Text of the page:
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Part of the business of cable here at the Show is a discussion of ways to better serve, and better reach, customers.  The Association of Cable Communicators, an organization of communications and public affairs professionals, this morning hosted Publicity Play: Making an Impact in a Fragmented Media Age – a look at how cable operators and programmers are managing their brand, their promotions, and their customer service through blogs, social networks, and other new media.

Peter Kiley from C-Span moderated the panel which included Chelsye Burrows of Starz Entertainment, Ellen East of Time Warner, Annie Howell of the Discovery Channel’s Planet Green, Jennifer Khoury of Comcast, and Ellen Kroner of Rainbow Media

After brief introductions of the panelists and their company, the conversation turned to ways the companies are using digital media to do their jobs.  Ellen East shared an effort by Time Warner to have staff travel to the front lines and work customer service.  They blogged about the experience so co-workers could understand the challenges faced by both customers and the front line staff.  The blog proved very popular within the company and helped bring the corporate personnel closer to the people interacting with customers every day.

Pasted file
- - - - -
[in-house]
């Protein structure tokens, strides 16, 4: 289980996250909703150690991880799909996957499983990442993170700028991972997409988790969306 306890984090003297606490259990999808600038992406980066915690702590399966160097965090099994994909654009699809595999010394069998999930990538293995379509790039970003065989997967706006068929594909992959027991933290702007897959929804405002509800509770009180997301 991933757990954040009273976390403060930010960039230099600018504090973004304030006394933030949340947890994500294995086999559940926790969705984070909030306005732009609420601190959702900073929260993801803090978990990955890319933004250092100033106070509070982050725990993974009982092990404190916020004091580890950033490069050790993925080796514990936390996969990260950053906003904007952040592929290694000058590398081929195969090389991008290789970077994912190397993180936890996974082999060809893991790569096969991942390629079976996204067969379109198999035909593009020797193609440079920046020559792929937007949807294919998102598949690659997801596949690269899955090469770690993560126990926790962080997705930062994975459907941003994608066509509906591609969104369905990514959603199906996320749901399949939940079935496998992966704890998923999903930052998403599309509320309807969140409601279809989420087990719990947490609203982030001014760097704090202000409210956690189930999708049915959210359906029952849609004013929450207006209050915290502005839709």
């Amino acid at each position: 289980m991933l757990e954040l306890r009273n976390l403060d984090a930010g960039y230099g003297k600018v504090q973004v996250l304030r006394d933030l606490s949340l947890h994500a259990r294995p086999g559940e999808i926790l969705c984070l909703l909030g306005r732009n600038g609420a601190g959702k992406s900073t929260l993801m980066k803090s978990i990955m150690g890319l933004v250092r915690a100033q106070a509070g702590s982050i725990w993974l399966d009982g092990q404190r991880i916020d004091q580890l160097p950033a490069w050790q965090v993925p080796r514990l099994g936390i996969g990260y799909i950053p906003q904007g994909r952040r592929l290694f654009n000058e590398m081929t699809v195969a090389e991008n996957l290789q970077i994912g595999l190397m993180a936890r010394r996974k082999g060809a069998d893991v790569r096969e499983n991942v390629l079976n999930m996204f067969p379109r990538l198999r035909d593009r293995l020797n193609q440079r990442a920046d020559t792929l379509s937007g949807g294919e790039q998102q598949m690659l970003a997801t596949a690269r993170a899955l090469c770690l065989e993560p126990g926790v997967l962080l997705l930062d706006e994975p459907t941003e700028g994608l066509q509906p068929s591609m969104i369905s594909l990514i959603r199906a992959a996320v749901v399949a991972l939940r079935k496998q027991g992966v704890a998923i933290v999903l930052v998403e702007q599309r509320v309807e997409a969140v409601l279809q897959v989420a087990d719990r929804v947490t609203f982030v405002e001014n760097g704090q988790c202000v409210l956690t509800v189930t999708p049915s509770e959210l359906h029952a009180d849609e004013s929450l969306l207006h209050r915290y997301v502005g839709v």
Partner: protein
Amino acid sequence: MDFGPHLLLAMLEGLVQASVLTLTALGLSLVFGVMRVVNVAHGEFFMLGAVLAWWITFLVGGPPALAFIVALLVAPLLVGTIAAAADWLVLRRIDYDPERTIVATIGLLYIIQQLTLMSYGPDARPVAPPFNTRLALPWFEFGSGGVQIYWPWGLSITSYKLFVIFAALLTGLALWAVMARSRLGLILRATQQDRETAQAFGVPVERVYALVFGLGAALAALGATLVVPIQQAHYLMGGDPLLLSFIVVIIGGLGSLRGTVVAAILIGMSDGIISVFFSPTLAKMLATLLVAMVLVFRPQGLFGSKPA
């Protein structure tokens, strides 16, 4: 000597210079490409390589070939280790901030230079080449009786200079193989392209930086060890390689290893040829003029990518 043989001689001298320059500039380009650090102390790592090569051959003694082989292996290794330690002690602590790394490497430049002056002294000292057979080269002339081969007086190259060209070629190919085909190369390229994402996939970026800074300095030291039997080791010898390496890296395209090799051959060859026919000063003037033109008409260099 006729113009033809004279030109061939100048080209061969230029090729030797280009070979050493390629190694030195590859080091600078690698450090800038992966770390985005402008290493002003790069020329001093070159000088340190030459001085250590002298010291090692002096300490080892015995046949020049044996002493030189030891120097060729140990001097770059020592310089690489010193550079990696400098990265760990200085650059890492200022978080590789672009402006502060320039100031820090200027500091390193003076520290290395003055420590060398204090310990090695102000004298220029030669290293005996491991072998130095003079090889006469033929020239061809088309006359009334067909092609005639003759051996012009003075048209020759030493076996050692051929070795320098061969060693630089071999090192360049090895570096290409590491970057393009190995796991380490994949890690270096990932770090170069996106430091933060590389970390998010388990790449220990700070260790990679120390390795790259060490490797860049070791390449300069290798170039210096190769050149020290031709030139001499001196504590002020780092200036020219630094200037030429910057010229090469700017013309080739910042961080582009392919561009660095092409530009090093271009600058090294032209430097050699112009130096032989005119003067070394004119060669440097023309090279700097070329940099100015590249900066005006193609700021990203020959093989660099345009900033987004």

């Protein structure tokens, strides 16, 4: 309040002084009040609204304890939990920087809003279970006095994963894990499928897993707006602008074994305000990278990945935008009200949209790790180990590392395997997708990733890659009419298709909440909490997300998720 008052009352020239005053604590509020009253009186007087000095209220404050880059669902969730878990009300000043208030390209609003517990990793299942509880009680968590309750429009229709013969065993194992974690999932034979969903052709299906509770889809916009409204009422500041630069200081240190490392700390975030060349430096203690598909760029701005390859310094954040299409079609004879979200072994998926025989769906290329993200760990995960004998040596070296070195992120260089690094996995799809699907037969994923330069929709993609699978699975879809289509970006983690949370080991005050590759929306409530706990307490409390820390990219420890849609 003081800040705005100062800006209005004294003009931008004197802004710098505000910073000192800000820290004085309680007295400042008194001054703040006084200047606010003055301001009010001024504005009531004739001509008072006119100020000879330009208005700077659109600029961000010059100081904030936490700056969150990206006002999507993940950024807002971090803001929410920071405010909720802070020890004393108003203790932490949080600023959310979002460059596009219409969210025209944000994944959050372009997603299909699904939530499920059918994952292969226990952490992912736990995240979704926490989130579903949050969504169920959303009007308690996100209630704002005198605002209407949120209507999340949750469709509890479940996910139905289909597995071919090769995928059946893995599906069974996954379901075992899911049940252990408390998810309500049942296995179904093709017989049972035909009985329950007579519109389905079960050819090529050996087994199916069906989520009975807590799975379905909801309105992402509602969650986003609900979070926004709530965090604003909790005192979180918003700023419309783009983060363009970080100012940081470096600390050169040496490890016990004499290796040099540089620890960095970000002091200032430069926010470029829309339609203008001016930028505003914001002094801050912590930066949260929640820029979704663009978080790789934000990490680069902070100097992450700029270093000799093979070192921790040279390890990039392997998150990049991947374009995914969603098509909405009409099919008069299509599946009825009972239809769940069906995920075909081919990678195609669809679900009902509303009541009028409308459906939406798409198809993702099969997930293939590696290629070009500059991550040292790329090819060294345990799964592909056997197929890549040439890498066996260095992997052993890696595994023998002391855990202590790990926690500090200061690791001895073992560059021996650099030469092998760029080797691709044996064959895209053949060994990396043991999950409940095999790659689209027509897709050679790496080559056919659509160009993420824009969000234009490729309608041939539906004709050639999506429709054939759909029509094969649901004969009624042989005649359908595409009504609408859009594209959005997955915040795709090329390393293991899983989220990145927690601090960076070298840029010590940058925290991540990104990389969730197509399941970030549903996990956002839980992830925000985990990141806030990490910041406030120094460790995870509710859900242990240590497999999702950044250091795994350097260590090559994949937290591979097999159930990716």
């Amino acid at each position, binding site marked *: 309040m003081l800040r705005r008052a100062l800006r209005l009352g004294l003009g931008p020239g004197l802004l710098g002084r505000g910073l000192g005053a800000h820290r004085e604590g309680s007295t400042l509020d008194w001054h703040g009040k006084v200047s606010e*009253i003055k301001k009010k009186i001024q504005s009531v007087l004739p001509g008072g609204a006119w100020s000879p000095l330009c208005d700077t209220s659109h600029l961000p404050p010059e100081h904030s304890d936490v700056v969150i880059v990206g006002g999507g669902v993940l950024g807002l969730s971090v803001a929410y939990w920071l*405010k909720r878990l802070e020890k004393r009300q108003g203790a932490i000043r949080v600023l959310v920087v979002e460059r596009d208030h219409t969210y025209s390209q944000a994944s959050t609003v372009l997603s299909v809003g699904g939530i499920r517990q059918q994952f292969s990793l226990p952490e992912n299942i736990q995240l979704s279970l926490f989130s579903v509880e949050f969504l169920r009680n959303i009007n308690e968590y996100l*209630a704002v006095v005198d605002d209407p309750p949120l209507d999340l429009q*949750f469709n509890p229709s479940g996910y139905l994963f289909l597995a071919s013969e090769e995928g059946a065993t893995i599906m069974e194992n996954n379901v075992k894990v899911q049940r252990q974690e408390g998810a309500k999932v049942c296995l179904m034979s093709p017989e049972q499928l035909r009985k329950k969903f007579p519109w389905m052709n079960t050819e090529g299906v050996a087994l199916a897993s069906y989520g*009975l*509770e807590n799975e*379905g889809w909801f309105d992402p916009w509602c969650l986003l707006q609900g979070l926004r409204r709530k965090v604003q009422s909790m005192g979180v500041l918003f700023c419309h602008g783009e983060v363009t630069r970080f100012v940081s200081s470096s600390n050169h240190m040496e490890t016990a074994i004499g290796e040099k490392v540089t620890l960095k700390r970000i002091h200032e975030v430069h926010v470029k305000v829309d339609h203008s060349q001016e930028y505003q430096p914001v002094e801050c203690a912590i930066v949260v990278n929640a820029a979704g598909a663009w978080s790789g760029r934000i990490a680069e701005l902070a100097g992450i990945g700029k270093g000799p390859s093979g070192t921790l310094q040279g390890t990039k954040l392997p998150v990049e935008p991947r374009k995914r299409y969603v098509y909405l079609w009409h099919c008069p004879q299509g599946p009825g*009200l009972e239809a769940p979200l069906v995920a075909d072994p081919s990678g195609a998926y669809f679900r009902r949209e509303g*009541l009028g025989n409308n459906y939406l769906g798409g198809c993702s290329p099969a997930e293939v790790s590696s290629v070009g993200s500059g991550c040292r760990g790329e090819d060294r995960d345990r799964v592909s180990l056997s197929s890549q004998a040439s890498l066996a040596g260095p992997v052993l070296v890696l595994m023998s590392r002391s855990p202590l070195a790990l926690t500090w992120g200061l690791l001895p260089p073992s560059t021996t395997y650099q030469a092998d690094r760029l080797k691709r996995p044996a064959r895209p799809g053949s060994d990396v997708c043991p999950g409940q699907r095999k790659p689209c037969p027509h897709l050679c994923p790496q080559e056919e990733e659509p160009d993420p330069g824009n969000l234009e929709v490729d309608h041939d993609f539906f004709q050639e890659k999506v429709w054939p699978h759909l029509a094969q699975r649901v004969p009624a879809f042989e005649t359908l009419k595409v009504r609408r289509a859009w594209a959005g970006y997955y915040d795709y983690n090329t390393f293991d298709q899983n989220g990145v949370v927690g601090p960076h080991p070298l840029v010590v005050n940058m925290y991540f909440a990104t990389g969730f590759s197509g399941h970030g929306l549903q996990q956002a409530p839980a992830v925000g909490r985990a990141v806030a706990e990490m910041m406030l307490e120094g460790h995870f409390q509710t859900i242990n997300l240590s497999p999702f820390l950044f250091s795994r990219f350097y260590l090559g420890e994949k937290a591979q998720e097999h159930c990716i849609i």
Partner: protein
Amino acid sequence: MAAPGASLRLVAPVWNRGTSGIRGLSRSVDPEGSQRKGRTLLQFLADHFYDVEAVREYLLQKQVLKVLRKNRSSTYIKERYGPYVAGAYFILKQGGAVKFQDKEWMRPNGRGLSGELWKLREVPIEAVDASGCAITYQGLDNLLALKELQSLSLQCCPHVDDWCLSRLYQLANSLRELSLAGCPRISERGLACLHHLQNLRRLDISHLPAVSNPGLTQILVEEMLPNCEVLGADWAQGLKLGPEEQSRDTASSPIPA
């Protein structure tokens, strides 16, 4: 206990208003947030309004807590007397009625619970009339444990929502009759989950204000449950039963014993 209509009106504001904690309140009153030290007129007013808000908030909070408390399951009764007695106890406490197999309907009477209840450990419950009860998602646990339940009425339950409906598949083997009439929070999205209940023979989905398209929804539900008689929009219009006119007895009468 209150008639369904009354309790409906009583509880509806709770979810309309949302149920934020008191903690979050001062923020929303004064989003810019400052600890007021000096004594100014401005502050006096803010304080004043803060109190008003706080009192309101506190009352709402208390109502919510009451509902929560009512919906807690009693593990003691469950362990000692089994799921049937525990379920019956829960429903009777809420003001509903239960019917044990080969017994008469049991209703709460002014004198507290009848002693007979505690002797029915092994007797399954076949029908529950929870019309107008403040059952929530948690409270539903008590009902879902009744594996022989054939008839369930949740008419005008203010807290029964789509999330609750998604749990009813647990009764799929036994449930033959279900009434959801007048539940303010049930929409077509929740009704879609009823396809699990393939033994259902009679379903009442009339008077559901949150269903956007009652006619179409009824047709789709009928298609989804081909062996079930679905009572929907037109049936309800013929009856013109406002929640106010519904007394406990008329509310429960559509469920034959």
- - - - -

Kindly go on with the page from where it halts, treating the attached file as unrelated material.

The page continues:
Jennifer Khoury talked about the Comcast Cares program and their use of Twitter and other platforms to monitor customer complaints wherever they popped up and to be proactive about solving them.

While these efforts help improve customer service, cable operators and programmers are also finding more challenges with new media in the marketing of their products, services and programming.  Chelsye Burrows discussed efforts to promote new Starz programming including Hollywood Residential and Head Case.  Extensive outreach was done with blogs covering TV and promotional content was created for the web to engage online audiences.

Similarly, When launching a new music on demand channel, Time Warner in Austin announced the launch events via Facebook and evite events in addition to traditional marketing channels.  They surveyed attendees and found that 46% came from one of the two online efforts – a huge success.  East expressed her belief that online channels were “the way to reach younger audiences”.

Conversation then turned to a discussion of traditional public relations and media relations, and the challenges presented by new media. 

Comcast’s Khoury believes the web has permanently altered the roll of communications personnel.  The media world has changed., she says.  Digital media is forcing changes in customer service, marketing, communications, reporting, deadlines, etc.  It is often a daunting task, she believes, but suggests “you try to work within the new structure and give people what they need.”

One of the most interesting highlights of the discussion was Annie Howell’s discussion of Planet Green’s new electronic press kit.  Not only has Planet Green stopped creating paper press materials and driven them all online, the press sites are developed using green design standards.  The colors are chosen for their lower wattage consumption and the sites use minimal images to draw less power.